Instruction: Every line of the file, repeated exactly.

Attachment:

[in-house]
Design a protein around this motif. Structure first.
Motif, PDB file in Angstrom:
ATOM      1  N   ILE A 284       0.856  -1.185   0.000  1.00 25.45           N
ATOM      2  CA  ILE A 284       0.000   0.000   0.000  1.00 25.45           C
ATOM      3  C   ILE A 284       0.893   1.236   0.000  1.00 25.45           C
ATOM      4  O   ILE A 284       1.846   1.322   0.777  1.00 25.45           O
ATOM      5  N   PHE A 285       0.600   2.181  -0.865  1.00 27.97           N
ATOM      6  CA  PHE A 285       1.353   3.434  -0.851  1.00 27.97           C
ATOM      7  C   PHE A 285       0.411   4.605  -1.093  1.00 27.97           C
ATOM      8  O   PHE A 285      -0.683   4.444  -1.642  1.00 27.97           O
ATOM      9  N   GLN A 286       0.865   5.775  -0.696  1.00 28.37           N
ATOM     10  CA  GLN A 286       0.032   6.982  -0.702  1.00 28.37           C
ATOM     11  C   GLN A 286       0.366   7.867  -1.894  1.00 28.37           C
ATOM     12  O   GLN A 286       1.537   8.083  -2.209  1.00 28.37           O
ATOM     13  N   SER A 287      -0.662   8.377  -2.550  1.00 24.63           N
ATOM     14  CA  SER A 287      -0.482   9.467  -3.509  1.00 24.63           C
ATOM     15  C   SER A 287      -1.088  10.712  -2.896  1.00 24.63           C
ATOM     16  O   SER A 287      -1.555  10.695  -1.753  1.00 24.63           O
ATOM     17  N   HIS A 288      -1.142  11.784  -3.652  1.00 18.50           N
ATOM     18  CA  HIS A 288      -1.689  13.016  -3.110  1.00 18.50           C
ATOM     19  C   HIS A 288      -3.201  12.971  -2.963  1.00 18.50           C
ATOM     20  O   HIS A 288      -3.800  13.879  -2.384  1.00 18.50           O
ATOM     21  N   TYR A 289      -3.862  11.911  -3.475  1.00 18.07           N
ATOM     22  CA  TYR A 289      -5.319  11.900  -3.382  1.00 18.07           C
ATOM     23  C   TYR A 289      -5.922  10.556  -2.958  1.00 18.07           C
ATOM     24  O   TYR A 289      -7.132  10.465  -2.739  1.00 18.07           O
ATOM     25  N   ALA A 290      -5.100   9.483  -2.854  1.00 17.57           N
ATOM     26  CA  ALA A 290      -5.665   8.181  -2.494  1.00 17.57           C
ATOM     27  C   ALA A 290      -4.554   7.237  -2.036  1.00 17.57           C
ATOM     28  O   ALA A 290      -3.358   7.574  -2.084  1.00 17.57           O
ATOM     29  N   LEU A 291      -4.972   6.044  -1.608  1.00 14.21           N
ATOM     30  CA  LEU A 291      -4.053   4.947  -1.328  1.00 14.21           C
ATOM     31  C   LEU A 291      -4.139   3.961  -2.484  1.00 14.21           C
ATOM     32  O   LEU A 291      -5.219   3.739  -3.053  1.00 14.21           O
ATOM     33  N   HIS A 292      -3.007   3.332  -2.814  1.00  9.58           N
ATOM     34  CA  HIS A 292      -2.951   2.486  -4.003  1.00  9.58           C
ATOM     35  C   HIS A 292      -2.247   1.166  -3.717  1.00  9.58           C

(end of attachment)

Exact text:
[in-house]
Design a protein around this motif. Structure first.
Motif, PDB file in Angstrom:
ATOM      1  N   ILE A 284       0.856  -1.185   0.000  1.00 25.45           N
ATOM      2  CA  ILE A 284       0.000   0.000   0.000  1.00 25.45           C
ATOM      3  C   ILE A 284       0.893   1.236   0.000  1.00 25.45           C
ATOM      4  O   ILE A 284       1.846   1.322   0.777  1.00 25.45           O
ATOM      5  N   PHE A 285       0.600   2.181  -0.865  1.00 27.97           N
ATOM      6  CA  PHE A 285       1.353   3.434  -0.851  1.00 27.97           C
ATOM      7  C   PHE A 285       0.411   4.605  -1.093  1.00 27.97           C
ATOM      8  O   PHE A 285      -0.683   4.444  -1.642  1.00 27.97           O
ATOM      9  N   GLN A 286       0.865   5.775  -0.696  1.00 28.37           N
ATOM     10  CA  GLN A 286       0.032   6.982  -0.702  1.00 28.37           C
ATOM     11  C   GLN A 286       0.366   7.867  -1.894  1.00 28.37           C
ATOM     12  O   GLN A 286       1.537   8.083  -2.209  1.00 28.37           O
ATOM     13  N   SER A 287      -0.662   8.377  -2.550  1.00 24.63           N
ATOM     14  CA  SER A 287      -0.482   9.467  -3.509  1.00 24.63           C
ATOM     15  C   SER A 287      -1.088  10.712  -2.896  1.00 24.63           C
ATOM     16  O   SER A 287      -1.555  10.695  -1.753  1.00 24.63           O
ATOM     17  N   HIS A 288      -1.142  11.784  -3.652  1.00 18.50           N
ATOM     18  CA  HIS A 288      -1.689  13.016  -3.110  1.00 18.50           C
ATOM     19  C   HIS A 288      -3.201  12.971  -2.963  1.00 18.50           C
ATOM     20  O   HIS A 288      -3.800  13.879  -2.384  1.00 18.50           O
ATOM     21  N   TYR A 289      -3.862  11.911  -3.475  1.00 18.07           N
ATOM     22  CA  TYR A 289      -5.319  11.900  -3.382  1.00 18.07           C
ATOM     23  C   TYR A 289      -5.922  10.556  -2.958  1.00 18.07           C
ATOM     24  O   TYR A 289      -7.132  10.465  -2.739  1.00 18.07           O
ATOM     25  N   ALA A 290      -5.100   9.483  -2.854  1.00 17.57           N
ATOM     26  CA  ALA A 290      -5.665   8.181  -2.494  1.00 17.57           C
ATOM     27  C   ALA A 290      -4.554   7.237  -2.036  1.00 17.57           C
ATOM     28  O   ALA A 290      -3.358   7.574  -2.084  1.00 17.57           O
ATOM     29  N   LEU A 291      -4.972   6.044  -1.608  1.00 14.21           N
ATOM     30  CA  LEU A 291      -4.053   4.947  -1.328  1.00 14.21           C
ATOM     31  C   LEU A 291      -4.139   3.961  -2.484  1.00 14.21           C
ATOM     32  O   LEU A 291      -5.219   3.739  -3.053  1.00 14.21           O
ATOM     33  N   HIS A 292      -3.007   3.332  -2.814  1.00  9.58           N
ATOM     34  CA  HIS A 292      -2.951   2.486  -4.003  1.00  9.58           C
ATOM     35  C   HIS A 292      -2.247   1.166  -3.717  1.00  9.58           C